First, the Supreme Court's rules explicitly provide that certiorari is a matter "of judicial discretion," and the factors listed in Rule 10 are not "controlling," nor do they "fully [measure] the Court's discretion." (I first saw this point made on Twitter by our co-symposiast Dan Epps.) To take another example, so-called "vehicle problems" (such as the presence of serious questions going to standing, or preservation of the issue below, or whatever) are also not listed in Rule 10, and yet it is understood perfectly well that the Court cares about such matters. Stern & Gressman have many, many pages on considerations going well beyond Rule 10.

    Second, and more important, the entire reason that lawyers conceal the presence of expert counsel is because they think the Court does care. The tactic would make no sense otherwise. I do not doubt that there may be reasons to omit a lawyer's name that are immaterial to the Court: perhaps, for example, the lawyer simply does not want herself associated with the client in public for professional reasons that the Court has no interest in. Fine. That is a different circumstance. I am arguing here only about a situation in which a lawyer is omitted because the client does not want to "draw the Court's attention" to the petition, in the hopes that it will be denied where it would otherwise have been granted. There, it is impossible to argue for immateriality.

    (A species of this argument is that it is routine not to list every lawyer who works on a filing—a junior associate, for example. I think such lawyers should be listed more often than they are, but at any rate, their omission is not deceptive because it is immaterial, and is not done to mislead the Court.)
  1. The court shouldn't care who the lawyers are, so it's fine to omit this information. A refined version of the argument above is that the Court ought not care who the lawyers in a given case are. On this view, the Court's preference for quality lawyering is simply illegitimate—and so concealment of this information is  justified on that ground. This argument makes headway by at least acknowledging that there is deception afoot, and attempting to justify it.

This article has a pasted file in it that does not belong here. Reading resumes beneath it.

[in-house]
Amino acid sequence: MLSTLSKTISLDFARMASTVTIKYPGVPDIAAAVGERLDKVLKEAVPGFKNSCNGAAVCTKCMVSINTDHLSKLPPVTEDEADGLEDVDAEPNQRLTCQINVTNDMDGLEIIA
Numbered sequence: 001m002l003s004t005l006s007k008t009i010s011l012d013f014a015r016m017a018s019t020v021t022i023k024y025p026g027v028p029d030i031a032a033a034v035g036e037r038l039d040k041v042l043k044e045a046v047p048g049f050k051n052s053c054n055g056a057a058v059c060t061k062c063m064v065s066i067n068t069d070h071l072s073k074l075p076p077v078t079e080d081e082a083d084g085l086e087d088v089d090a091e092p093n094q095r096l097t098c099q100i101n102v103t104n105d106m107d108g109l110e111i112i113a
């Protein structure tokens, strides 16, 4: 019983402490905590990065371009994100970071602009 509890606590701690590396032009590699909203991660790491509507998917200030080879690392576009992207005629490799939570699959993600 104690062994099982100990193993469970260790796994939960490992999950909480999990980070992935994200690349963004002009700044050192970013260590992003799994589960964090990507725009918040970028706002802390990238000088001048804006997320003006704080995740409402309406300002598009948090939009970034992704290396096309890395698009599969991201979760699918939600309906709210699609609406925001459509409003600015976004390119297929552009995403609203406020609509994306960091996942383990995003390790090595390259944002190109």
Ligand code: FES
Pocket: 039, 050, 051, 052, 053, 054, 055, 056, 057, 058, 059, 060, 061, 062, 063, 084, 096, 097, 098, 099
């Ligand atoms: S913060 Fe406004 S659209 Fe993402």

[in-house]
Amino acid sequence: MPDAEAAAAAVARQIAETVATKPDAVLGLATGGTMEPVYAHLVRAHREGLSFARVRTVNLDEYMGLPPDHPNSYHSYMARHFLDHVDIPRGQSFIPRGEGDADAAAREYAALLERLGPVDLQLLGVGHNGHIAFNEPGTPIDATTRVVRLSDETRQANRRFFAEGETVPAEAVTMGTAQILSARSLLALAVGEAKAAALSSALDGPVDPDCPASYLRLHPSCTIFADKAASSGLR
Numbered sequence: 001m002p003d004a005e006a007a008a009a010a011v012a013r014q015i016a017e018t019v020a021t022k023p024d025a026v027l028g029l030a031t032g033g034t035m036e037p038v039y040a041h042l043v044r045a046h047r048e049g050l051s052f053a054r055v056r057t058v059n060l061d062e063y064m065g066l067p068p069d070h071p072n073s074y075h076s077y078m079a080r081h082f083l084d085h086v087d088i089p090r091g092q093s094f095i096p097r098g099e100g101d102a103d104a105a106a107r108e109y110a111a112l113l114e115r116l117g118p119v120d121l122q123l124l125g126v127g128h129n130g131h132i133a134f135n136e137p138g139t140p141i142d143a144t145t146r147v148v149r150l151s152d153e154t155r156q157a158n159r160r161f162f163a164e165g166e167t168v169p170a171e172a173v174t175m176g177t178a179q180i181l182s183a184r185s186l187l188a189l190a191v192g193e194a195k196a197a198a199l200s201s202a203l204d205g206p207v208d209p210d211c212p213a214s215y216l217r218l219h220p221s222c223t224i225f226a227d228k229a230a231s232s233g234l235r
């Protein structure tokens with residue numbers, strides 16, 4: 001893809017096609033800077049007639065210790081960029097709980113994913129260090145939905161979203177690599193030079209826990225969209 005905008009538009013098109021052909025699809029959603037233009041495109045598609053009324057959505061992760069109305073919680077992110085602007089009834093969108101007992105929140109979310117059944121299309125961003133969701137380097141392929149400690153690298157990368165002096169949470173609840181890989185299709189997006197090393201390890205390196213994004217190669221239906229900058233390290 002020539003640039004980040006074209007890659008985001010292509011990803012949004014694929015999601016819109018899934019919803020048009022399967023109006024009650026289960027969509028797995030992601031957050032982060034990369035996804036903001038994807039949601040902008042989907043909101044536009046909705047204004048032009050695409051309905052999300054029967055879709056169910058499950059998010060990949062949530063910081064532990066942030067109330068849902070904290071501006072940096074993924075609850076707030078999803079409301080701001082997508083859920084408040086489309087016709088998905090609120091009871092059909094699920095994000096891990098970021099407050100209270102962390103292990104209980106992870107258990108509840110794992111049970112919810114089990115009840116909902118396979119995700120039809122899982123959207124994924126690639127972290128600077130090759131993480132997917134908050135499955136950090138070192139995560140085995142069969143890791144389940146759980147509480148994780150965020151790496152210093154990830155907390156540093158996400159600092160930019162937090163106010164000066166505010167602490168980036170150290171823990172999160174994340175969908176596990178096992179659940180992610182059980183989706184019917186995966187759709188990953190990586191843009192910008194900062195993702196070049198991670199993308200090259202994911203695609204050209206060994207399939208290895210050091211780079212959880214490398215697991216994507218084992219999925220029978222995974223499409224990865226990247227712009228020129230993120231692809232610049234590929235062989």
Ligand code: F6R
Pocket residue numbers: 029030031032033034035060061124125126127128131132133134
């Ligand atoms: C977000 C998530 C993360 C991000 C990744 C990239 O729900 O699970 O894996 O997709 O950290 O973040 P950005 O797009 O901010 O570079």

I have no doubt that there are circumstances in which it is acceptable to lie to someone, and for lawyers to lie to a court. An example that I have heard several times: imagine the Court had members who were thoroughly anti-Semitic, and who did not want to grant cases on which Jewish lawyers had worked. Surely, it would be acceptable to lie about the presence of (say) a young Justice Ginsburg on the filings then. As to that, I agree. But again, there are two problems with this argument.

    First, it is far from obvious that a preference for experienced counsel is illegitimate. The nature of the Court's work is that if an issue is significant, the Court will have many chances to address it—so it is not obvious to me that having high-quality lawyering on both sides is prima facie illegitimate as an object. Certainly the structure of the United States government suggests otherwise: the Office of the Solicitor General specializes precisely because it is believed it will help the Court to have very good lawyers in the many cases in which the government is a party. Many states have made the same decision. Anyone maintaining this argument with an analogy like the one above would therefore carry a very heavy burden, and moreover would have to accept that they were lying for a justified reason. I would hope that the bar for acceptable reasons for a lawyer to lie to a court would be very, very high.

    Second and again more important, there is a one-sidedness to this argument that gives away the game. If it is unacceptable for the Court to consider the identity of the advocates when reading a brief in opposition, it must be equally so when reading a cert petition. Yet I have not heard anyone argue that it is unethical for prominent or expert Supreme Court advocates to include their names on a cert petition. (I am grateful to Jason Steed for raising this point.) That, however, is exactly what this argument would require—unless it is for some reason unacceptable for the Justices to consider the identity of counsel in a BIO but not on a petition, a strange position indeed.
  1. The rules don't require it. One final objection. Rule 34.1 provides that "the name of the attorney who is counsel of record" must be included on each filing, and there may only be one such person. The names of other attorneys "may be added." The argument goes that this explicitly permits the omission of anyone other than the person who is to be "counsel of record," which person need only be admitted to the bar.

    But although Rule 34.1 affords a measure of discretion on who to include, that discretion—like all such grants—can be abused. A classic way to abuse one's discretion to disclose information would be to exercise it in a way calculated to mislead. At most, all this argument establishes is that Rule 34.1 does not forbid ghostwriting, but I have never claimed that it does. Rule 34.1, like all rules, must be understood against a background requirement of good faith and honesty by lawyers practicing before the Court.